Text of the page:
The full set of bullet points show how a crisp $p$-value can be misleading, in terms of the modeling, of the experiment as a whole, and the manner in which readers digest the information. Assuming Normally-distributed data, the $p$-value can be derived from first principles, but the statement that the reader should reject the null with $1-p$% probability requires accepting that nothing went wrong in the context that led up to that number. (By the way, $1-p$ is the $q$-value, and I sometimes wish that people reported it instead.)
Psychology is not physics, where context can be controlled much more easily. To talk meta-context, a psychology study has so many challenges and confounders that the typical $p$-value in a psychology journal is a qualitatively different thing from a $p$-value in a biology or physics journal. A $p$-value can be read as a claim about the odds of getting the same result if you repeat the experiment, but defining what goes into a correct replication is itself a challenge the psych literature is grappling with in the present day. [But yes, there are high-quality, simple, reproducible psych experiments and badly designed physics experiments.]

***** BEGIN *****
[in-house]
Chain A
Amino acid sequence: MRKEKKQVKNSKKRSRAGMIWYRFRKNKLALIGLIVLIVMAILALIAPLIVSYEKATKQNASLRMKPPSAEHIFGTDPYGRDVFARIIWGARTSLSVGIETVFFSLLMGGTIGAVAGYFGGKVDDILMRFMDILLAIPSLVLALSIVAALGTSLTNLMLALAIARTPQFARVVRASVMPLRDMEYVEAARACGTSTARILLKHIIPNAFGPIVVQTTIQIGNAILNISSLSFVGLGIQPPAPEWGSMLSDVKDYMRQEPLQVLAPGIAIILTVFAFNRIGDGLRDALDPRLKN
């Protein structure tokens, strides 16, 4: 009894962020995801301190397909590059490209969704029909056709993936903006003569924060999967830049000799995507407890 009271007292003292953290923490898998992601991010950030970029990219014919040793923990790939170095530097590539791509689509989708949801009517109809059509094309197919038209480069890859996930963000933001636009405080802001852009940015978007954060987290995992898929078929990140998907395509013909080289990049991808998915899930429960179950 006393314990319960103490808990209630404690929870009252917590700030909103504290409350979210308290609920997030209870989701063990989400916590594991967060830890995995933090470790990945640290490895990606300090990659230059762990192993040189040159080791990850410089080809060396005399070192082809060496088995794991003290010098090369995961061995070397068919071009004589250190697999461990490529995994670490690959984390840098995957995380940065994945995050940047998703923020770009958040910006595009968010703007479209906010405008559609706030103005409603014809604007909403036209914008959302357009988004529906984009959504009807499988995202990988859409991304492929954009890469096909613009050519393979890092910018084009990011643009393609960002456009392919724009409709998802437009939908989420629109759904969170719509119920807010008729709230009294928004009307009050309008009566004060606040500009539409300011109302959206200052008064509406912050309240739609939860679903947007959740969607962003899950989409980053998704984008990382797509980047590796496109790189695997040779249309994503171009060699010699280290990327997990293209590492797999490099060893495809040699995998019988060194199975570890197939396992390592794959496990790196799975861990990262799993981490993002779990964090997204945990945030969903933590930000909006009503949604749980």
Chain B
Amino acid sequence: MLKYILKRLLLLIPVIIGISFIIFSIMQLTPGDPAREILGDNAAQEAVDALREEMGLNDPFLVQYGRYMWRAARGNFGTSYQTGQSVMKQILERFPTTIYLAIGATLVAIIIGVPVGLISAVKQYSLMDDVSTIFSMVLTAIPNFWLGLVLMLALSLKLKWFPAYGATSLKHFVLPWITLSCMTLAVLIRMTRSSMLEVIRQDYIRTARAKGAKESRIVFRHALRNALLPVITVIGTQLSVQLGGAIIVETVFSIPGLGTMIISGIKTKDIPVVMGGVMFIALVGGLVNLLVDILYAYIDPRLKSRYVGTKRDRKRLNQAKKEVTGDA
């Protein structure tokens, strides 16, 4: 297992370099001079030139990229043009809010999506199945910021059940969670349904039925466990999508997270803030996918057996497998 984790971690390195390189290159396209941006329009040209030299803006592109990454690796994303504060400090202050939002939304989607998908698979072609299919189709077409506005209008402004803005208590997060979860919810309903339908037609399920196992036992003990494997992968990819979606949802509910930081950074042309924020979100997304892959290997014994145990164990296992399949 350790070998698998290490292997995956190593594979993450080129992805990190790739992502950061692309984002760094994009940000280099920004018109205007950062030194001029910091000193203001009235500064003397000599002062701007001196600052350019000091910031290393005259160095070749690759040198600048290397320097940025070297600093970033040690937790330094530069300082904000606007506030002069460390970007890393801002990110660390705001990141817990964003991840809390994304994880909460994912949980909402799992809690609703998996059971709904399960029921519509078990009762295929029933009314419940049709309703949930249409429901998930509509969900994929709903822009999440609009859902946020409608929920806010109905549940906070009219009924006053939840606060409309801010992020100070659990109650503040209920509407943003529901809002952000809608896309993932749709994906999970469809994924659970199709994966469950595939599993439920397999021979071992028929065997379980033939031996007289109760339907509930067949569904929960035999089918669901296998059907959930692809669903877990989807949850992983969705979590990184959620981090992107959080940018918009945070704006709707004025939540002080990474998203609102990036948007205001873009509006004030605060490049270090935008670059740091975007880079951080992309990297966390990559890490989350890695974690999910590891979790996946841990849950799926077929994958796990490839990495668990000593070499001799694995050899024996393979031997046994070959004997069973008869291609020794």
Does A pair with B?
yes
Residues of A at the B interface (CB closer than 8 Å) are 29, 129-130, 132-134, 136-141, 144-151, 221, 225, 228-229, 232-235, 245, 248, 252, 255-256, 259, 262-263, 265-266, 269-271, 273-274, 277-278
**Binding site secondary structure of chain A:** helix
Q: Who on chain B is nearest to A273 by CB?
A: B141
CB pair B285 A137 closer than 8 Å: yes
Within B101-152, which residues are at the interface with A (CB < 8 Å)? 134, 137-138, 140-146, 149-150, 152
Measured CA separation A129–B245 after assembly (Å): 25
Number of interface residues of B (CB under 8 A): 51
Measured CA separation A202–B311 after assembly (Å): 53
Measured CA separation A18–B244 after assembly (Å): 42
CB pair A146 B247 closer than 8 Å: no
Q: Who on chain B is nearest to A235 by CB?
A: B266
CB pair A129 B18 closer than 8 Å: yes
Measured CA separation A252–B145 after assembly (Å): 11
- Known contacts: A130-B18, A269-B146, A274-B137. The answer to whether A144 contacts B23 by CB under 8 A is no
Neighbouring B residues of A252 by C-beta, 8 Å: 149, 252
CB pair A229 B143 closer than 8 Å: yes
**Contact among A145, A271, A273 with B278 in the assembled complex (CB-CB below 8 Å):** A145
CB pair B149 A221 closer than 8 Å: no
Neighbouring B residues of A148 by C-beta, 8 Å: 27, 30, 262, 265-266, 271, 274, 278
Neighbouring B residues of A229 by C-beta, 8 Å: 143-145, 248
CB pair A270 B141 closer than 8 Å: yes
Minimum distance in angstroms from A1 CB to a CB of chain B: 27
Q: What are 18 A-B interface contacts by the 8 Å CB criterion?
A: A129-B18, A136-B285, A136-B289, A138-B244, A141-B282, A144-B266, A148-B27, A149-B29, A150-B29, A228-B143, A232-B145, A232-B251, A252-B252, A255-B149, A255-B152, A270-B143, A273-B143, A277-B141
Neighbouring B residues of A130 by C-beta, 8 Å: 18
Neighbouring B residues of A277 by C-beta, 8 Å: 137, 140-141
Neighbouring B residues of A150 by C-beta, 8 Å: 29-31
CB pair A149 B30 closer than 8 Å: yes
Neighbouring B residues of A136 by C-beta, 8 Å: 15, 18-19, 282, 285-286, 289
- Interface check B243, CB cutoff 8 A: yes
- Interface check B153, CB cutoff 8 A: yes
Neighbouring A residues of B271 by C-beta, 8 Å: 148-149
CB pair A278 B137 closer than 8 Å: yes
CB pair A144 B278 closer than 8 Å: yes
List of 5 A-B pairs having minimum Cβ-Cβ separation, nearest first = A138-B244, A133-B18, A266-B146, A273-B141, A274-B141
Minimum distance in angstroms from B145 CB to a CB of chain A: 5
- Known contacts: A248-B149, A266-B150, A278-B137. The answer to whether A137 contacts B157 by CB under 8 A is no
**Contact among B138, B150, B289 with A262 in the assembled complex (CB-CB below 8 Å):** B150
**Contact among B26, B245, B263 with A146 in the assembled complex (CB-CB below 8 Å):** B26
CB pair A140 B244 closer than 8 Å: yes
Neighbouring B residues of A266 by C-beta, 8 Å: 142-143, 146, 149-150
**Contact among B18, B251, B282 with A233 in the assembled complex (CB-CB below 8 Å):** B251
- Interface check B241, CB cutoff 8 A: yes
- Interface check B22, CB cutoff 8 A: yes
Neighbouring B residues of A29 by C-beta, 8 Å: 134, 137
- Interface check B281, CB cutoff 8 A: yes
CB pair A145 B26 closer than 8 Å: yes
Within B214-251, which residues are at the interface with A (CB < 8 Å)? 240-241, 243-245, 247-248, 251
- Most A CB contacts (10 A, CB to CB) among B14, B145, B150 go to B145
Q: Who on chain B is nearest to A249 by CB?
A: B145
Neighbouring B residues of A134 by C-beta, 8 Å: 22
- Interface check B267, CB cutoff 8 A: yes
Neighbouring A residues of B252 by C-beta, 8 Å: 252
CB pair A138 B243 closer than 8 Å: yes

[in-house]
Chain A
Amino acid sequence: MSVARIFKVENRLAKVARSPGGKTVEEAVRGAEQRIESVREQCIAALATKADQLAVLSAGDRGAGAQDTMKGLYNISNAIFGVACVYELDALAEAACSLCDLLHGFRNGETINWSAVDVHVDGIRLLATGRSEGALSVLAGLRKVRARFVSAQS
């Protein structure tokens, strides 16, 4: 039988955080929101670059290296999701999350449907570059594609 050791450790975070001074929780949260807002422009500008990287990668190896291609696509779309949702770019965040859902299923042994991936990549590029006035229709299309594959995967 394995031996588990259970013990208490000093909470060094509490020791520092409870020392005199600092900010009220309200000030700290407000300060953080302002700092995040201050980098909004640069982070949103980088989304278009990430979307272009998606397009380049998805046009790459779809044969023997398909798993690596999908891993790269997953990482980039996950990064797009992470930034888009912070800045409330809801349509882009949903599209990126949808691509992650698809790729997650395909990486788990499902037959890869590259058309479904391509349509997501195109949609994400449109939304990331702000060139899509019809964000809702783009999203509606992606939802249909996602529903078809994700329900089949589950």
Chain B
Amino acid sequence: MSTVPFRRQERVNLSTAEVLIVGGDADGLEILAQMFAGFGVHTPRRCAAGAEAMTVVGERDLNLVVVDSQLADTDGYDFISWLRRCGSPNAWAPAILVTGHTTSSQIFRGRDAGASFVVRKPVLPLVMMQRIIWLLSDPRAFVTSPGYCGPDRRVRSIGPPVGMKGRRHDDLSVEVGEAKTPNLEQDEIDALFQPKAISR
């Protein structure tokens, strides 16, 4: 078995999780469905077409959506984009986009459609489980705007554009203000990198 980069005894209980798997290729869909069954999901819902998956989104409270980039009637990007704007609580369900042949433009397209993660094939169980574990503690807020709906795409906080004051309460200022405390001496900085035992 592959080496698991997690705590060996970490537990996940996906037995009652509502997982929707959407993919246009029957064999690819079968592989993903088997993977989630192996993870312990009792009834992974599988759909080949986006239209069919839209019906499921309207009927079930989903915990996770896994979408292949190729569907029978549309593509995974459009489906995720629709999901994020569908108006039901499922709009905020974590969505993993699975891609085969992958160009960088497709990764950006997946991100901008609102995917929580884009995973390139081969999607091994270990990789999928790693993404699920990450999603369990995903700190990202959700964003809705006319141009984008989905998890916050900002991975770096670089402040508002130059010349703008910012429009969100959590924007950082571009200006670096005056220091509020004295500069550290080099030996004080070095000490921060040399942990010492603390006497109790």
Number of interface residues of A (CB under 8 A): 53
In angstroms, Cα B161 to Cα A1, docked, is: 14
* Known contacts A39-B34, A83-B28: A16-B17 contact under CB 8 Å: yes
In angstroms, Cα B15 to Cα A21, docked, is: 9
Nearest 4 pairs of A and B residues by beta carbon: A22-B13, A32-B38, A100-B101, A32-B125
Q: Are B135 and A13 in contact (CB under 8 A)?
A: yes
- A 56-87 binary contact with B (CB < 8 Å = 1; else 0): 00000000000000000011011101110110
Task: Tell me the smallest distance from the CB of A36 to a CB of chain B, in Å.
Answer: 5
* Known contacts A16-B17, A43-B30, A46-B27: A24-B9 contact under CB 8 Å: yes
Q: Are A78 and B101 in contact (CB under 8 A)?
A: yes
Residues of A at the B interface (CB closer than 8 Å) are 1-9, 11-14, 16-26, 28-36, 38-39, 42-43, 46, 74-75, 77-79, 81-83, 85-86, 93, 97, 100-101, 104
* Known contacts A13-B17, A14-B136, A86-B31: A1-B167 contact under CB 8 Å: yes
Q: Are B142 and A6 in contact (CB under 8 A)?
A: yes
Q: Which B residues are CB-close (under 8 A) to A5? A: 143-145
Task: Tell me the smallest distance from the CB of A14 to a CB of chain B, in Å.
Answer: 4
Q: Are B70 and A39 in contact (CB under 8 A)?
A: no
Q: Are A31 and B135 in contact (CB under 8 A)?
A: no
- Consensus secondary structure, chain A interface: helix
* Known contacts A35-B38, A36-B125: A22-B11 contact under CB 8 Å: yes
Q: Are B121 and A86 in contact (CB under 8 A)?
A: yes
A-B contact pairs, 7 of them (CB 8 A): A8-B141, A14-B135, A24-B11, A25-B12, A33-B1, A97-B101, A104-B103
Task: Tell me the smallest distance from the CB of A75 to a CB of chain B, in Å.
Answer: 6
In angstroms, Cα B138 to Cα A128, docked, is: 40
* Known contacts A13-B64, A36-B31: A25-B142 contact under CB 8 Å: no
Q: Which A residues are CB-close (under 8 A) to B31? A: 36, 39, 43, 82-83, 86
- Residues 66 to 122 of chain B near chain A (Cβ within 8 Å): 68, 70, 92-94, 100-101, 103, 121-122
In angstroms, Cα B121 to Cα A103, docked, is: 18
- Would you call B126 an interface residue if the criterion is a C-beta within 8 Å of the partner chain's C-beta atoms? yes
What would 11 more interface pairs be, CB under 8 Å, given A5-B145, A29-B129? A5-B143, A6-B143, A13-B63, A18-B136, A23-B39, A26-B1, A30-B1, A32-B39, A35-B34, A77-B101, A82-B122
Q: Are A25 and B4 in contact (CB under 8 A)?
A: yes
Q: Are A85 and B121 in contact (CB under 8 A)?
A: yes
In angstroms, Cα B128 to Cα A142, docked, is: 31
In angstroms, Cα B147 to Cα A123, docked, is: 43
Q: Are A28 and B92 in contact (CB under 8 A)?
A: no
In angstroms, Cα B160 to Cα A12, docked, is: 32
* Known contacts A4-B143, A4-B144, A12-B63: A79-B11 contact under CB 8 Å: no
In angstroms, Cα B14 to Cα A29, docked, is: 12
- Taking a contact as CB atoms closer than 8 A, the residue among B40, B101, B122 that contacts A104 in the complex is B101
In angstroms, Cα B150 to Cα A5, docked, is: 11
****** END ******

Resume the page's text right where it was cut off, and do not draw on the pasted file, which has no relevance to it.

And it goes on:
Second, your revolution in the understanding of drosophila is going to be upstaged in the papers by the most piddling result from a psychology lab, every time. There are press agents, journalists, pop psychologists, and people selling books who have very little interest in the complexities of a study in context, and every interest in finding a study that `proves' a given agendum, and they have a large population of readers who are happy to eat it up.